Only one randomised trial exists comparing conventional radiation therapy with proton beam, and this was initiated in the 1980s using older techniques and treating advanced disease in the era before early detection with PSA (Shipley et al, 1995). There was no difference in outcome between the two arms, but this study is now of historical interest only. Several studies comparing the dosimetry of proton beam with IMRT have been published and, depending upon the choice of beams and planning systems, IMRT can be seen as theoretically a little better or a little worse than protons (Trofimov et al, 2007; Vargas et al, 2008; Nihei et al, 2011). Our own work suggests that the conformity of dose distribution to the prostate may be better with IMRT. In the high-dose regions, IMRT shows better sparing of the bladder and rectal sparing is similar, whereas in the low-dose regions, proton beam achieves better sparing of both rectum and bladder (Trofimov et al, 2007). Thus, IMRT creates more of a low-dose radiation ‘bath’ over a larger region of the pelvis and leads to a higher, though still relatively small, whole-body radiation dose (Figure 2). This begs the question whether the worse morbidity of radiation therapy comes from the high-dose area (sexual, rectal, and bladder functions) or the cumulative low-dose areas (fatigue, bowel function, and second cancers). Dosimetric studies showing relatively modest differences in physical dose distribution are of little value without looking for measurable and meaningful differences in clinical outcome. Although radiation oncologists have been eager to adopt proton beam for prostate cancer, they have been slow to perform clinical studies. This is now being addressed. Recent prospective clinical studies have documented certain truths about proton beam and prostate cancer.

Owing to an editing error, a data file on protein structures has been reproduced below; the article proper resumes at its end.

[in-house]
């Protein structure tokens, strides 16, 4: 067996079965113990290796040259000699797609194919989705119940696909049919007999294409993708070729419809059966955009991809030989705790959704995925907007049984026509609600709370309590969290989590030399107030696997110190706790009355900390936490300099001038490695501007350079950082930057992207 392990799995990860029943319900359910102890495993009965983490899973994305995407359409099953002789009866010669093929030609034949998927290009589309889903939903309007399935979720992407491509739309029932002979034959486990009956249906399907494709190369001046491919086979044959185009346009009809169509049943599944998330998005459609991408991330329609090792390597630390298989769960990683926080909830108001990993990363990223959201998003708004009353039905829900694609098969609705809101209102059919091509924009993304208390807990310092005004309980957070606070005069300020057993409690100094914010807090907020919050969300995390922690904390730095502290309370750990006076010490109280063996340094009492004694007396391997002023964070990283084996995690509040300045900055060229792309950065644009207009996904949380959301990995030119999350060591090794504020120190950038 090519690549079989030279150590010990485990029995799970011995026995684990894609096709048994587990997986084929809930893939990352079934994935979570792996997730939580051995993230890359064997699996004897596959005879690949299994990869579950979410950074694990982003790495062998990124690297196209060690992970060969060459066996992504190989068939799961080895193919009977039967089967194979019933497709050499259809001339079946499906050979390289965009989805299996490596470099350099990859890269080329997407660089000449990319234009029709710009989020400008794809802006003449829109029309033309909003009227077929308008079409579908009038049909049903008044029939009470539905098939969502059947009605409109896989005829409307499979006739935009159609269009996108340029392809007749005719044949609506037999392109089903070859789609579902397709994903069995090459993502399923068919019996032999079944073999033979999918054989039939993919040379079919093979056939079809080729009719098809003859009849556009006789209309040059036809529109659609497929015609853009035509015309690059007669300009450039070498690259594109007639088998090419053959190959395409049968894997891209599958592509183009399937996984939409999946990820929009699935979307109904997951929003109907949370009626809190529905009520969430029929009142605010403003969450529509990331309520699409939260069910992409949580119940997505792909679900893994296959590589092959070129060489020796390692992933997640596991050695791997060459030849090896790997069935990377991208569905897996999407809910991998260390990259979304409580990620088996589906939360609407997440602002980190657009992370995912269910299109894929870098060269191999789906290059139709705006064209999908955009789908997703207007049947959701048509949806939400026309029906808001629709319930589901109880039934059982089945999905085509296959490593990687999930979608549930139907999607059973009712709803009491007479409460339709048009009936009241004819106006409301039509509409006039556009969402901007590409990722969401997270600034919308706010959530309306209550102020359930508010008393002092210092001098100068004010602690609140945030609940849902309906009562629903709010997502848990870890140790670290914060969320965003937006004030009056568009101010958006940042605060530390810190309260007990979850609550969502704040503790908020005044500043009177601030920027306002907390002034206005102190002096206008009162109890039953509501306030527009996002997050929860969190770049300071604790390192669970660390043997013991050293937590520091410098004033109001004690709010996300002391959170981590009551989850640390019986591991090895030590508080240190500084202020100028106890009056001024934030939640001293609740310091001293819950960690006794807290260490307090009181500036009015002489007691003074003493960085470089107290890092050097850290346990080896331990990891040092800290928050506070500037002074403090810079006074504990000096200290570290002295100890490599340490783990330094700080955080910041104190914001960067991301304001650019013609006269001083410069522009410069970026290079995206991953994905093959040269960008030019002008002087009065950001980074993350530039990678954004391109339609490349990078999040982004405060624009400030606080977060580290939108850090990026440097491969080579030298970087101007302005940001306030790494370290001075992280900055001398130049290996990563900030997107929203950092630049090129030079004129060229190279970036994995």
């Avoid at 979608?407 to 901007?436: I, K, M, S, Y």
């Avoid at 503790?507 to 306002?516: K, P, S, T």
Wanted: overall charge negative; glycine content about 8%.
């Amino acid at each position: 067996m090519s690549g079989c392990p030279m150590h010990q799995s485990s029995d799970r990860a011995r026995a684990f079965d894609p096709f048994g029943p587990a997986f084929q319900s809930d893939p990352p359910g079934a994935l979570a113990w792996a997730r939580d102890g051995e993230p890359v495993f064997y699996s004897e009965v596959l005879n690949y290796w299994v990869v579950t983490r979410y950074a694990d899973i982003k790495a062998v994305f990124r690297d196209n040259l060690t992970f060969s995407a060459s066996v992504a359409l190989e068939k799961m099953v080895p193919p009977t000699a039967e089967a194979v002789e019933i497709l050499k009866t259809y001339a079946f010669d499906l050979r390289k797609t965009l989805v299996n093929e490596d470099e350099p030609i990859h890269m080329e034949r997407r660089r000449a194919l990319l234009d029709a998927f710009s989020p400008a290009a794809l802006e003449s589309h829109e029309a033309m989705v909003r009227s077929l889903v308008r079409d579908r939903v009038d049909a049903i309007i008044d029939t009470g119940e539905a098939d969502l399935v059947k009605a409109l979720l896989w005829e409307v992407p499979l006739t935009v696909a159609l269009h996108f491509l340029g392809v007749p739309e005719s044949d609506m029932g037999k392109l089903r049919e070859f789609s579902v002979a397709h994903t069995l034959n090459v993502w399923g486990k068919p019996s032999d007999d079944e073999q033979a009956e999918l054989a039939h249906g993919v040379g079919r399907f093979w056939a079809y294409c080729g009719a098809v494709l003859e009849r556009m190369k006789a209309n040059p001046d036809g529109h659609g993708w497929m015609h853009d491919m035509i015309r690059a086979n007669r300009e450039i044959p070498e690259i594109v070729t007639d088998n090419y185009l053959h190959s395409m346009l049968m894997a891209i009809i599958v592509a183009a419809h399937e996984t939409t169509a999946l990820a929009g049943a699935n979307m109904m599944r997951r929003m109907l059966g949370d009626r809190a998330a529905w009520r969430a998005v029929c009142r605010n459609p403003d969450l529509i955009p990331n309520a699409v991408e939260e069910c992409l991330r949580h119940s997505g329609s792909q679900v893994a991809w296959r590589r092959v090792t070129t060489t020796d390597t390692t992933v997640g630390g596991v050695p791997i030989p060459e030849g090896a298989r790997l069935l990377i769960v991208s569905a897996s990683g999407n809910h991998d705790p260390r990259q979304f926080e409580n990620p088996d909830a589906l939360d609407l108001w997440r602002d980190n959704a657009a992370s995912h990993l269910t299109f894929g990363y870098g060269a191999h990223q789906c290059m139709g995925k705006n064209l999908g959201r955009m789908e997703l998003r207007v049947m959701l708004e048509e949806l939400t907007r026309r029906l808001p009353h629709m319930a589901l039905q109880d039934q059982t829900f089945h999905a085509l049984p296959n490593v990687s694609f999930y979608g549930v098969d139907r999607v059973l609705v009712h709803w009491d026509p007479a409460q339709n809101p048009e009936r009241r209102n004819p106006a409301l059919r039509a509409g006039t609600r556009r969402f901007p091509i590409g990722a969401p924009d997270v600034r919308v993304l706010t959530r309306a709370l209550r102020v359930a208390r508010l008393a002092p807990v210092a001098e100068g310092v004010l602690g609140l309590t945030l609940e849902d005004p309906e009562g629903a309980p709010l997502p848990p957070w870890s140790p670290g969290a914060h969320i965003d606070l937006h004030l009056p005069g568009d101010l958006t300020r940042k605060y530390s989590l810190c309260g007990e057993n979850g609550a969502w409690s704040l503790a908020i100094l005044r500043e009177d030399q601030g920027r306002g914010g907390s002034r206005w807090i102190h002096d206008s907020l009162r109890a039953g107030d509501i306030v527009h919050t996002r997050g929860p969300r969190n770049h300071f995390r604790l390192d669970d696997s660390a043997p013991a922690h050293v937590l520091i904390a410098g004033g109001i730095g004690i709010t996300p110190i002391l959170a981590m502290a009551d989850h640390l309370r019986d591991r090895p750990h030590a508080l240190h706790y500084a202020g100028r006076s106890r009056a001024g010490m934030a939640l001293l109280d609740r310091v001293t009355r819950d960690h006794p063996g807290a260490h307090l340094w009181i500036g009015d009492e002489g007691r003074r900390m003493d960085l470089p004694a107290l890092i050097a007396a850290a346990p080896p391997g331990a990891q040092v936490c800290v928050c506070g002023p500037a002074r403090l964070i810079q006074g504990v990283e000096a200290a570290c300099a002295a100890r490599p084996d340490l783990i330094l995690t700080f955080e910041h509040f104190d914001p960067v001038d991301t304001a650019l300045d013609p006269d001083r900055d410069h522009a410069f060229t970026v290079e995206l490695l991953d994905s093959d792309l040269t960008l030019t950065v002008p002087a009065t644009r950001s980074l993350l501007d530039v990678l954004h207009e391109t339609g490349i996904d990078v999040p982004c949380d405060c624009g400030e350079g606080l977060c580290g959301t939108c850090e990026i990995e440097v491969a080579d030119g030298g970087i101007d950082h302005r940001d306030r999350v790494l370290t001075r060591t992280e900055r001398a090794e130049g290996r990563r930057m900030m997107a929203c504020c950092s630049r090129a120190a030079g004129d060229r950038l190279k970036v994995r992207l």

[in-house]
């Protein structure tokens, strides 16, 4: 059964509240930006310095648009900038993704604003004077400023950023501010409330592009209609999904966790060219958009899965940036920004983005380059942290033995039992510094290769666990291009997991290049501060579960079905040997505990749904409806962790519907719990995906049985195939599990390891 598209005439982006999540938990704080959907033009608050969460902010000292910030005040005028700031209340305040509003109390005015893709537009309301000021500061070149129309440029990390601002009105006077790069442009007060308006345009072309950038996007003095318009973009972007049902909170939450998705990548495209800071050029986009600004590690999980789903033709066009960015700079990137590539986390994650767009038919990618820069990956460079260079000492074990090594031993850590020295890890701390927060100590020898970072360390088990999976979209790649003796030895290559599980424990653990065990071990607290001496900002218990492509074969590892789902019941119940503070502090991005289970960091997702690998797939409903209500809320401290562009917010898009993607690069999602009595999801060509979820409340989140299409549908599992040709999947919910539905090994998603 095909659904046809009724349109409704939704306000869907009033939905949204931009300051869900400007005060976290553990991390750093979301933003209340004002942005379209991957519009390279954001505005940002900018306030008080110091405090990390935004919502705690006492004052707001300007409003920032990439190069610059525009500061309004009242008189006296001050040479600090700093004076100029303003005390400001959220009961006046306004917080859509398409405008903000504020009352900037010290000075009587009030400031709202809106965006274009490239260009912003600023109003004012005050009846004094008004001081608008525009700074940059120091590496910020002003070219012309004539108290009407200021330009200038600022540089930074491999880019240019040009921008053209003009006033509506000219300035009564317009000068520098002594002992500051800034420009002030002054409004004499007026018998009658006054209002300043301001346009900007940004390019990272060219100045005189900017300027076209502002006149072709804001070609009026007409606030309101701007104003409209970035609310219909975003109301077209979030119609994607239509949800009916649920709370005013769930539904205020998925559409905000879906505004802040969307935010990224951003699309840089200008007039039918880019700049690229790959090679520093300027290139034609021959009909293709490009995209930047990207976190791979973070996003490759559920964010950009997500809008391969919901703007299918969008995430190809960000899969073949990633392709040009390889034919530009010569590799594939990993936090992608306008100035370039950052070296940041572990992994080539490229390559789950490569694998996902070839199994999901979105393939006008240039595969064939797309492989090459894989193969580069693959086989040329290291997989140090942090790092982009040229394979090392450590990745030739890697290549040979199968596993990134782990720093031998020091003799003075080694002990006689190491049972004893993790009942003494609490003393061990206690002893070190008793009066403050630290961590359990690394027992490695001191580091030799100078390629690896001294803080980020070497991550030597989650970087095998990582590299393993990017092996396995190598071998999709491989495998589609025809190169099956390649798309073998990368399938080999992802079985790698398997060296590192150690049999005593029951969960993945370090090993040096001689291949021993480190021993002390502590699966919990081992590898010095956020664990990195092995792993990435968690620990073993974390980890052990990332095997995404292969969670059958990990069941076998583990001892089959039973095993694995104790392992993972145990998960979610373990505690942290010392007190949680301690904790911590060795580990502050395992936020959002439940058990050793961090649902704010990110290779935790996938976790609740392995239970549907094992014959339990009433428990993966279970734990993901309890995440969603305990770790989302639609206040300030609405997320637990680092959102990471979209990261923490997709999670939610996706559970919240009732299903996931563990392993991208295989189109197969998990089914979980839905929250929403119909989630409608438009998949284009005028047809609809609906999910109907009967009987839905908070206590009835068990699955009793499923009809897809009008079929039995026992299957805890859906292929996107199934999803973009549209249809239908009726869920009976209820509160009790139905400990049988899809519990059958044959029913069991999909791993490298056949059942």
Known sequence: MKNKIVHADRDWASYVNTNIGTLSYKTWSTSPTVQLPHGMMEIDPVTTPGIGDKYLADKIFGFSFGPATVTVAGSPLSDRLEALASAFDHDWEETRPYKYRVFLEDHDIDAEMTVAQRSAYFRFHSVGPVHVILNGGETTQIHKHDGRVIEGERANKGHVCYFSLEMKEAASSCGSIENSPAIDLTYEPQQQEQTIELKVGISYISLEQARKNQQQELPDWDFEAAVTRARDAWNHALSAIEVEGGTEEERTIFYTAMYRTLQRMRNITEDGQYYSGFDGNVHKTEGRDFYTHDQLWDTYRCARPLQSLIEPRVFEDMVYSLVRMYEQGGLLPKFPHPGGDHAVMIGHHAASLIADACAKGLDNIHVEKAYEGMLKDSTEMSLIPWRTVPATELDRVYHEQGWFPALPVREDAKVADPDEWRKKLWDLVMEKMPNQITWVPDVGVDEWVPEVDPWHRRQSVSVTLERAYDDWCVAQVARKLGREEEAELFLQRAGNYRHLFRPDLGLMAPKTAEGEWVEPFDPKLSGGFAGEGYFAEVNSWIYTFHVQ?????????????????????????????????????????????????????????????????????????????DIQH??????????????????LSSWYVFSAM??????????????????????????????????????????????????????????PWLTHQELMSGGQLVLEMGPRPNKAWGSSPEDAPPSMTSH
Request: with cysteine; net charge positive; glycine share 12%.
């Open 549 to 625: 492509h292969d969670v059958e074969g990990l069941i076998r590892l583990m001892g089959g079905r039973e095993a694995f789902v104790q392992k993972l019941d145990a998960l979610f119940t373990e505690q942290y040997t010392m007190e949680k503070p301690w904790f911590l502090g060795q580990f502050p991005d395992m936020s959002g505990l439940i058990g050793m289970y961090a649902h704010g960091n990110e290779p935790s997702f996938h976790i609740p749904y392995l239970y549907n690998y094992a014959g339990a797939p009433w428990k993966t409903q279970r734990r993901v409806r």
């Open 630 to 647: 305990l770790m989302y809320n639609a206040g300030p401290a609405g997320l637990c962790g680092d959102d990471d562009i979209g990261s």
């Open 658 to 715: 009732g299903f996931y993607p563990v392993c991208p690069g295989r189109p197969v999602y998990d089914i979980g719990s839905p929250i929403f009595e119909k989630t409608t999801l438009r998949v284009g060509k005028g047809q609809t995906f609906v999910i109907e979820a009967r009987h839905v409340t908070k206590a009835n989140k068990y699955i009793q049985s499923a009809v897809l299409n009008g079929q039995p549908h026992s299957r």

First, that radiation dose escalation to the prostate may be safely achieved. We have shown that patient-reported quality of life is the same at doses of either 70 or 79 Gy when the boost dose is delivered by protons (Talcott et al, 2010). This does not, however, address the fact that escalation to the same doses may be achieved and be equally well tolerated by other radiation techniques like IMRT or brachytherapy. That is to say that, despite the theoretical physical advantages of proton therapy, studies have yet to show any clear clinical benefit to proton beam over IMRT in terms of morbidity in the treatment of prostate cancer. No direct head-to-head comparison between the two has yet been done, although a multicenter randomised trial has recently been launched (discussed below). Talcott et al (2010) did make comparisons between two separate, though contemporary, cohorts of patients treated with proton beam or either IMRT or 3-D conformal therapy and found no overt differences. The principal concerns of patients, erectile dysfunction, voiding dysfunction, and rectal dysfunction, appear to occur with similar acceptably low frequency. We have generated some preliminary data suggesting transient differences in toxicity patterns with a potential early short-term, though time-limited, improvement in bowel and urinary symptoms with PBT vs IMRT (Gray et al, 2013). New data from other US proton centers are also demonstrating excellent quality of life outcomes and low rates of significant early gastrointestinal and genitourinary toxicity, with proton-based therapy for prostate cancer, although these may come from the use of prostate immobilisation and image guidance as much as from the use of proton beam (Mendenhall et al, 2012). Two other recent studies, however, have suggested that PBT is associated with increased bowel toxicity compared with IMRT (Kim et al, 2011; Sheets et al, 2012). These studies rely on billing codes that may not capture the patient’s own experience and large databases that contain few PBT patients and also lack data on treatment dose, margins, and other important relevant clinical factors. As such, the validity of these conclusions remains a matter of debate. It is also worth noting that the follow-up from all of these studies is too short to capture all the late effects of radiation, which may continue to accumulate at 10 years or beyond (Gardner et al, 2002).